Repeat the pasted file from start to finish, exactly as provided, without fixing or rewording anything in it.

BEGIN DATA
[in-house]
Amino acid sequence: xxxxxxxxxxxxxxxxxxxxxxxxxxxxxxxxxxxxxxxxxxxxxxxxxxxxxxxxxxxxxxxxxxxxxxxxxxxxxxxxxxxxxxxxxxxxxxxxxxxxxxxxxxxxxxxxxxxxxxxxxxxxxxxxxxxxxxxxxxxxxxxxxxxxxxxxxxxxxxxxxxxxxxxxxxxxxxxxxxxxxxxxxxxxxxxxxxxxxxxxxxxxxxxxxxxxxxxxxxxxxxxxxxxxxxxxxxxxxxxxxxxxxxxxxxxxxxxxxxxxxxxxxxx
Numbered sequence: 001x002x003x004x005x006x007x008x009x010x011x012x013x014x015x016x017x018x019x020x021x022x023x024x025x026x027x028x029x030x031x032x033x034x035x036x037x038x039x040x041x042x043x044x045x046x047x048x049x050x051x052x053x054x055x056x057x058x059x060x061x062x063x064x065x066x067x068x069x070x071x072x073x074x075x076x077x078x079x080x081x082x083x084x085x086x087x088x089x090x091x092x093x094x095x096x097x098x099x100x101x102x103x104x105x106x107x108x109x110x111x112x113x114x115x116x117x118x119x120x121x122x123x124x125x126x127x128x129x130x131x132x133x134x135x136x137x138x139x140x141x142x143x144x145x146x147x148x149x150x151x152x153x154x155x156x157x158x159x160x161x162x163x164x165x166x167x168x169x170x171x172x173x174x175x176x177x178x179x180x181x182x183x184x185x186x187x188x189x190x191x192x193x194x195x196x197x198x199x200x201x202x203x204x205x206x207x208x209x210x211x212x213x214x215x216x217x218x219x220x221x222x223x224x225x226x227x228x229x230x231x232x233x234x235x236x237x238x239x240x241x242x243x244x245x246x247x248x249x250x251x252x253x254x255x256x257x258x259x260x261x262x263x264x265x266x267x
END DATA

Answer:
[in-house]
Amino acid sequence: xxxxxxxxxxxxxxxxxxxxxxxxxxxxxxxxxxxxxxxxxxxxxxxxxxxxxxxxxxxxxxxxxxxxxxxxxxxxxxxxxxxxxxxxxxxxxxxxxxxxxxxxxxxxxxxxxxxxxxxxxxxxxxxxxxxxxxxxxxxxxxxxxxxxxxxxxxxxxxxxxxxxxxxxxxxxxxxxxxxxxxxxxxxxxxxxxxxxxxxxxxxxxxxxxxxxxxxxxxxxxxxxxxxxxxxxxxxxxxxxxxxxxxxxxxxxxxxxxxxxxxxxxxx
Numbered sequence: 001x002x003x004x005x006x007x008x009x010x011x012x013x014x015x016x017x018x019x020x021x022x023x024x025x026x027x028x029x030x031x032x033x034x035x036x037x038x039x040x041x042x043x044x045x046x047x048x049x050x051x052x053x054x055x056x057x058x059x060x061x062x063x064x065x066x067x068x069x070x071x072x073x074x075x076x077x078x079x080x081x082x083x084x085x086x087x088x089x090x091x092x093x094x095x096x097x098x099x100x101x102x103x104x105x106x107x108x109x110x111x112x113x114x115x116x117x118x119x120x121x122x123x124x125x126x127x128x129x130x131x132x133x134x135x136x137x138x139x140x141x142x143x144x145x146x147x148x149x150x151x152x153x154x155x156x157x158x159x160x161x162x163x164x165x166x167x168x169x170x171x172x173x174x175x176x177x178x179x180x181x182x183x184x185x186x187x188x189x190x191x192x193x194x195x196x197x198x199x200x201x202x203x204x205x206x207x208x209x210x211x212x213x214x215x216x217x218x219x220x221x222x223x224x225x226x227x228x229x230x231x232x233x234x235x236x237x238x239x240x241x242x243x244x245x246x247x248x249x250x251x252x253x254x255x256x257x258x259x260x261x262x263x264x265x266x267x